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Carl-Hugo Marcotte
Carl-Hugo Marcotte

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Introduction to string interpolation

In this article, we continue to explore string manipulations by focusing on interpolation.
Instead of concatenating many pieces together, interpolation allows us to insert special tokens inside a string.
A value then replaces those tokens.
Interpolation and concatenation play the same role, but often one ends up being more elegant than the other and makes the code easier to maintain.

This article is part of a learn programming series where you need no prior knowledge of programming.
If you want to learn how to program and want to learn it using .NET/C#, this is the right place.
I suggest reading the whole series in order, starting with Creating your first .NET/C# program, but that's not mandatory.

This article is part of a sub-series, starting with Introduction to string concatenation.
It is not mandatory to read all articles in order, but I strongly recommend it, especially if you are a beginner.
If you are already reading the whole series in order, please discard this word of advice.


The definition of interpolation, from Oxford Languages (Google search), is:

The insertion of something of a different nature into something else.

In C#, we must prefix the string with the $ character if we want to use interpolation.
Then, we can insert the value of an expression in that string by wrapping it with { and }, like this:

var name = "Joe";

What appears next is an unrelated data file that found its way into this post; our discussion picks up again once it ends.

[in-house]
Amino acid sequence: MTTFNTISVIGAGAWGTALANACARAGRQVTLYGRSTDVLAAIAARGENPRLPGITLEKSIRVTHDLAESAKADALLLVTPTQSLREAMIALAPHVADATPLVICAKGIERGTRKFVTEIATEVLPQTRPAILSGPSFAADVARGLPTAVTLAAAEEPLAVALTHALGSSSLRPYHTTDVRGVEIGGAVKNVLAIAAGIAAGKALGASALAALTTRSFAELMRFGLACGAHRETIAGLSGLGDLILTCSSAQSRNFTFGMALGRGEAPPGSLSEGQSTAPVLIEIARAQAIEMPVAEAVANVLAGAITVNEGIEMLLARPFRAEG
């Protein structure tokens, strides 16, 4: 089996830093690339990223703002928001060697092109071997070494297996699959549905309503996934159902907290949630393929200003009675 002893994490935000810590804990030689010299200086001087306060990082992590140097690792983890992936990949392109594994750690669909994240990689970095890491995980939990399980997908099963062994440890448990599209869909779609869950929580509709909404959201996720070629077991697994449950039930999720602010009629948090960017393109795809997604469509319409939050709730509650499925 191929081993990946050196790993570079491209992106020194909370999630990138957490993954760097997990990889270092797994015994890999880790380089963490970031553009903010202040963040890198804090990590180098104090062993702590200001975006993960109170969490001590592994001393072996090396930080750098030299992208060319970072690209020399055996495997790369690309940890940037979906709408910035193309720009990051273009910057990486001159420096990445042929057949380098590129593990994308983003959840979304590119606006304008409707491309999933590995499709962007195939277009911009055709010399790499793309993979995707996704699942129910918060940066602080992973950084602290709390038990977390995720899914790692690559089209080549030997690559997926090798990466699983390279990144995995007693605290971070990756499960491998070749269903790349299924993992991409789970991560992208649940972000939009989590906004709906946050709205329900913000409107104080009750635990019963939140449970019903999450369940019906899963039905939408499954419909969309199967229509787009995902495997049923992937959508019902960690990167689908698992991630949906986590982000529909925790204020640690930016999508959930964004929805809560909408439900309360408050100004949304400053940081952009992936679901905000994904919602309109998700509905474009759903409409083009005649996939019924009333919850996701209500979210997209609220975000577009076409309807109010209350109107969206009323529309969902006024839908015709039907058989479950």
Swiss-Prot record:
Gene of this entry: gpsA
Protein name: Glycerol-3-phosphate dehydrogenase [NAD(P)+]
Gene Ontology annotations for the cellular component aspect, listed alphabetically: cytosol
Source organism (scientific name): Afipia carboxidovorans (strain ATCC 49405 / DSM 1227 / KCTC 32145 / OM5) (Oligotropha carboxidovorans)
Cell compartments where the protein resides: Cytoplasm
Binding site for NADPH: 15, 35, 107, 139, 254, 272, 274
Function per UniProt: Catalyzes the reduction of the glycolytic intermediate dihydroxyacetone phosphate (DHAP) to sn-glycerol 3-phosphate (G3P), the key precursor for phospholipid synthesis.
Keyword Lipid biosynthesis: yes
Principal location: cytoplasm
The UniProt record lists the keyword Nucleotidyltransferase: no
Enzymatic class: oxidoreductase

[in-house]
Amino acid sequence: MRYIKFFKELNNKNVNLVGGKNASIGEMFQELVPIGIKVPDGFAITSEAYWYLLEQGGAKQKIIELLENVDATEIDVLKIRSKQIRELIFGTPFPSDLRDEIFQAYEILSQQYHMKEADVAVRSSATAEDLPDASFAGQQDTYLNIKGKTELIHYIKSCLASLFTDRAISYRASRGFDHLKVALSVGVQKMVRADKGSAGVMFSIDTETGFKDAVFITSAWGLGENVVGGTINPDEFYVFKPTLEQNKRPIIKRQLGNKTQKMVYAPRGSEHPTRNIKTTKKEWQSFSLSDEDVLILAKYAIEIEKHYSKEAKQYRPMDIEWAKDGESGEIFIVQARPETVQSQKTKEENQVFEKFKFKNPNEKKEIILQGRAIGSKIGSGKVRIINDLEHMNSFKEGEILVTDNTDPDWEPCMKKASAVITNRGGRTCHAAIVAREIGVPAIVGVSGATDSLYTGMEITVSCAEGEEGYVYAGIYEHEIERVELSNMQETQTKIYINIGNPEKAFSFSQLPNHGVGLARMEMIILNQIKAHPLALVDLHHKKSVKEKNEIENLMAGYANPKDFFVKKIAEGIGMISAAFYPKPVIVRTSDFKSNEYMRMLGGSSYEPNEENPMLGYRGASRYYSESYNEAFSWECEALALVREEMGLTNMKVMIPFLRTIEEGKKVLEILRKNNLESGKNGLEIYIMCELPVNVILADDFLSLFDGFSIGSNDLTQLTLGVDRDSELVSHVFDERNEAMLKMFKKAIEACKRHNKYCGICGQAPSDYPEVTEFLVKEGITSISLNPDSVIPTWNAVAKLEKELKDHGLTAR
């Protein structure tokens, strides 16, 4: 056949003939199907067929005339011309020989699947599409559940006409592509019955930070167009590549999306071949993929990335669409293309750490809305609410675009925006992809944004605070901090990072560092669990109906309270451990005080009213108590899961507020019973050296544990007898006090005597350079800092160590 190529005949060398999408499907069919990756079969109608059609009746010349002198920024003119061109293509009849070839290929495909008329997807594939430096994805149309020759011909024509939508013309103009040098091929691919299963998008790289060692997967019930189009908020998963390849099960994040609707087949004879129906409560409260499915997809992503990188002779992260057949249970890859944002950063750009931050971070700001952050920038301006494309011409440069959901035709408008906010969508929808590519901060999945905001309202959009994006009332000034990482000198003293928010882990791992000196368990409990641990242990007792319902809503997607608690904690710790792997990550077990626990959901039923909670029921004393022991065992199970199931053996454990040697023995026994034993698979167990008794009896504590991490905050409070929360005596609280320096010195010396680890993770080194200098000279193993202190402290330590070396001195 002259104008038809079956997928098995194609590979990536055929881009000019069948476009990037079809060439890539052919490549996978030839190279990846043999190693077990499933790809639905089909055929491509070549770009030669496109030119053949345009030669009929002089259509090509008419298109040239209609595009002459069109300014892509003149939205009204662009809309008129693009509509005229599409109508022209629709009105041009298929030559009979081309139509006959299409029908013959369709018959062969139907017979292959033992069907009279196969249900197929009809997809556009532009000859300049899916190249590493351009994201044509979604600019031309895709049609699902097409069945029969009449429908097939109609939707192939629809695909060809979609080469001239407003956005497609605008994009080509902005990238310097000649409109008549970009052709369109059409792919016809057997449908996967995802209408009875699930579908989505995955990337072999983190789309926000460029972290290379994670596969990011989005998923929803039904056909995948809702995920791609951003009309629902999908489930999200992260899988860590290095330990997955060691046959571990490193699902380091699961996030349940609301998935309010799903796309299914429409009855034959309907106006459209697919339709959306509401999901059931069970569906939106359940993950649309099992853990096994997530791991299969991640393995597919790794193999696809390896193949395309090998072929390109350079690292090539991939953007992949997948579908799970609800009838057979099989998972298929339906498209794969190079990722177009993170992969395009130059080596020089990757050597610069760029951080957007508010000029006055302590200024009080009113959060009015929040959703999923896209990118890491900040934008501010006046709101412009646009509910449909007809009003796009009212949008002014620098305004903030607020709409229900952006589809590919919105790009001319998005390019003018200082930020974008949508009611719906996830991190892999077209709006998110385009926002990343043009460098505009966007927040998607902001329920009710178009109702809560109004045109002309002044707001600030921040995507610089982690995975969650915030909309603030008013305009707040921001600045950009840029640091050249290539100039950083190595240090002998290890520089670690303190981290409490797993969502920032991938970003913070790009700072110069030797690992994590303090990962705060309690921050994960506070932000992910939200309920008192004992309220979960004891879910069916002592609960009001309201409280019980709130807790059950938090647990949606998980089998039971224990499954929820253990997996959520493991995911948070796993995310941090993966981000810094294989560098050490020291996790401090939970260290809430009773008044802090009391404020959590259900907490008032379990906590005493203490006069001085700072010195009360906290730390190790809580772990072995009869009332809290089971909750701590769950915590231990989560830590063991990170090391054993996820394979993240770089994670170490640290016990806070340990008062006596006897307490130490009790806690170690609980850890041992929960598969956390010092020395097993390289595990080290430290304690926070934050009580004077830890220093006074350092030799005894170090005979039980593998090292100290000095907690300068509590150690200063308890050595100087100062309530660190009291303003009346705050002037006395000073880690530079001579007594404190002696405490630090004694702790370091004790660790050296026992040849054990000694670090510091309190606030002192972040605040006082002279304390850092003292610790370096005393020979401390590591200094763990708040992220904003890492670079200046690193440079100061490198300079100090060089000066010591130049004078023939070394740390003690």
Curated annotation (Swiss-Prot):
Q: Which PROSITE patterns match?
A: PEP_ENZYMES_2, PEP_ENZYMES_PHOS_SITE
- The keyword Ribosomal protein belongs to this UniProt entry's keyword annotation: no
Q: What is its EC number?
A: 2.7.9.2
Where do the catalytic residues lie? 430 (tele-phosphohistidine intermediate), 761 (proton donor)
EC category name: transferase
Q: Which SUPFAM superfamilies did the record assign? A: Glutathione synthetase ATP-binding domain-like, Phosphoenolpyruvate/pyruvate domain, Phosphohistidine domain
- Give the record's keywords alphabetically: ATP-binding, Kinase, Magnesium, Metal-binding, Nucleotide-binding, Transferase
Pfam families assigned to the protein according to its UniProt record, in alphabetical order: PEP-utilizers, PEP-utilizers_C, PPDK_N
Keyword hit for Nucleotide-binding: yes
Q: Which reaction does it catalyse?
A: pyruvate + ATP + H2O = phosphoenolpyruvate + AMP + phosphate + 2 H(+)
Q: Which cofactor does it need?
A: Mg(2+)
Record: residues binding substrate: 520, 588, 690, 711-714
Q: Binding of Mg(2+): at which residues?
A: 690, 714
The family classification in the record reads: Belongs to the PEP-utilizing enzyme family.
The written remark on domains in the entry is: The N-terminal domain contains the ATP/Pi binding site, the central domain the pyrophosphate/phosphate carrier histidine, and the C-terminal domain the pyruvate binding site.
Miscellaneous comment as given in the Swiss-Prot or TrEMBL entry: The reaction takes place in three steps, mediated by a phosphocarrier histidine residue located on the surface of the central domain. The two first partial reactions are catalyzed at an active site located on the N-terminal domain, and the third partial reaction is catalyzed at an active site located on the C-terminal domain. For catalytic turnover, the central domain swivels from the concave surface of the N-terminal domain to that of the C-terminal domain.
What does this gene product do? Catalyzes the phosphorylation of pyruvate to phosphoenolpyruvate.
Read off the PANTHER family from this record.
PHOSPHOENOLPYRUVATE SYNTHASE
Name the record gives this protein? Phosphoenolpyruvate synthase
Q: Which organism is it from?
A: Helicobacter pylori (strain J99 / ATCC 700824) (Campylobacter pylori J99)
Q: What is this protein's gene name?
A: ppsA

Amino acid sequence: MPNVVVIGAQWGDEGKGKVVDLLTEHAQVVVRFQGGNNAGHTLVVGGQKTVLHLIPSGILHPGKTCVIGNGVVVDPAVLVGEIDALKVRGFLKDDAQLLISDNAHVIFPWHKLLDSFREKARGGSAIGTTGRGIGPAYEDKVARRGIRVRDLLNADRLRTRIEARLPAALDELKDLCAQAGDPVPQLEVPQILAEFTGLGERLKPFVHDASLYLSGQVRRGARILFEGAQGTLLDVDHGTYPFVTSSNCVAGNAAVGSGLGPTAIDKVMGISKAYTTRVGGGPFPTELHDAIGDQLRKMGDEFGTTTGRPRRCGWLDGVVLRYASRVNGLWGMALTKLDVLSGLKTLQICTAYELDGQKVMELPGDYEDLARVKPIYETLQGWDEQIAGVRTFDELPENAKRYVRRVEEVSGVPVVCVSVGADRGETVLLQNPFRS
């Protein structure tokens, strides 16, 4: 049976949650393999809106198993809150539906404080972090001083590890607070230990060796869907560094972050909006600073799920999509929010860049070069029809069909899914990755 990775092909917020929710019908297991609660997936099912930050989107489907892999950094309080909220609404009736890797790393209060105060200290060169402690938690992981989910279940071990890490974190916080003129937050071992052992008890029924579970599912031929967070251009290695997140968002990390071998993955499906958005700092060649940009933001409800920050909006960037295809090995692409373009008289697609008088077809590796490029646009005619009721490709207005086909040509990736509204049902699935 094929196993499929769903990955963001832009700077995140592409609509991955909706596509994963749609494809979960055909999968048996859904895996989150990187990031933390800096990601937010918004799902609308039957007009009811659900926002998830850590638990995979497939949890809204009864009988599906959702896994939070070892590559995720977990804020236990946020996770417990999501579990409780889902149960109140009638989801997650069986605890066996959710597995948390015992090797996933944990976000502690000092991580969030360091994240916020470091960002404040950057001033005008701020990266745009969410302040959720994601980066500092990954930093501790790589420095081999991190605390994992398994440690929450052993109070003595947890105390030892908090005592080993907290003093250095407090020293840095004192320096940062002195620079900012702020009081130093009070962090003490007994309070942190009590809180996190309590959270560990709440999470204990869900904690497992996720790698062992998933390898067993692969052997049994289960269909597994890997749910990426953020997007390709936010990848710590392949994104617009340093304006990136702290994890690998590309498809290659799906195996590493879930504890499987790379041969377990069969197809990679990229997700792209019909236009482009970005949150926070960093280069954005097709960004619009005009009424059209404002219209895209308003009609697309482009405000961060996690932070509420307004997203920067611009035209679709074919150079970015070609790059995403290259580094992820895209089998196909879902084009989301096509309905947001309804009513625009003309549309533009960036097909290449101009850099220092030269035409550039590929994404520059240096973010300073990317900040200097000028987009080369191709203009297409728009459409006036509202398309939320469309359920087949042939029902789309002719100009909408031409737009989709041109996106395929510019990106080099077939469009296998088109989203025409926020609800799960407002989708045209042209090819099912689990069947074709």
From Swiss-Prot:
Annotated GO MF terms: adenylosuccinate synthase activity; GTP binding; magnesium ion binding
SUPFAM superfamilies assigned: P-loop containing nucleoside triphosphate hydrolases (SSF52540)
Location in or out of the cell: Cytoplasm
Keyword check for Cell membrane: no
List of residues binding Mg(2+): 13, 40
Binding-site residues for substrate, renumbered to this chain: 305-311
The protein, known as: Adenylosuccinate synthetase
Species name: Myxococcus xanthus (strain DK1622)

var result = $"Hello {name}!";
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Executing the preceding code should write Hello Joe! in the terminal.
I find $"Hello {name}!" to be more elegant than "Hello " + name + "!" and way easier to read, especially for a neophyte.

Next, we explore how to use interpolation in a multiline string.

Multiline string interpolation

If you wondered why I talked about multiline strings in the previous article, I planned this section.
We can use both $ and @ to mix interpolation and multiline string, like this:

var name = "Joe";
var result = $@"Hello {name}!
What's up?";
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In the preceding code, we used interpolation in a multiline string by chaining both $ and @ (in this order).
As easy as that!

Note: the order is important. If you inverse the symbols order (@$"..." instead of $@"..."), the code will not compile.

Next, it is your turn to try it out!


To practice interpolation, we will replace concatenation with interpolation in the code from the previous article's exercise.

Here is the previous solution as a reference:

using System;

Console.Title = "IntroToDotNet";

Console.Write("What is your first name? ");
var firstName = Console.ReadLine();

Console.Write("What is your last name? ");
var lastName = Console.ReadLine();

var greetings = "Greetings " + firstName + " " + lastName + "!";
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Unfortunately, I was not able to recreate the exercise on this platform, so please look at the exercise on the original post on my blog. I'm sorry for the inconvenience.


In this article, we explored interpolation as a way to replace concatenation in certain scenarios.
At this point, using one or the other is only a matter of taste.

To use interpolation, we need to prefix a string with $.
Inside that string, we can then wrap an expression, like a variable, with { and }.
The program will replace that token at runtime with the expression's value.

We also saw that we could use interpolation with multiline strings by prefixing the string with both special characters, like this: $@"...".

Next step

It is now time to move to the next article: Escaping characters in C# strings which is coming soon. Stay tuned by following me on, Twitter, or other places you can find me.
You can look at my blog contact page for more info.

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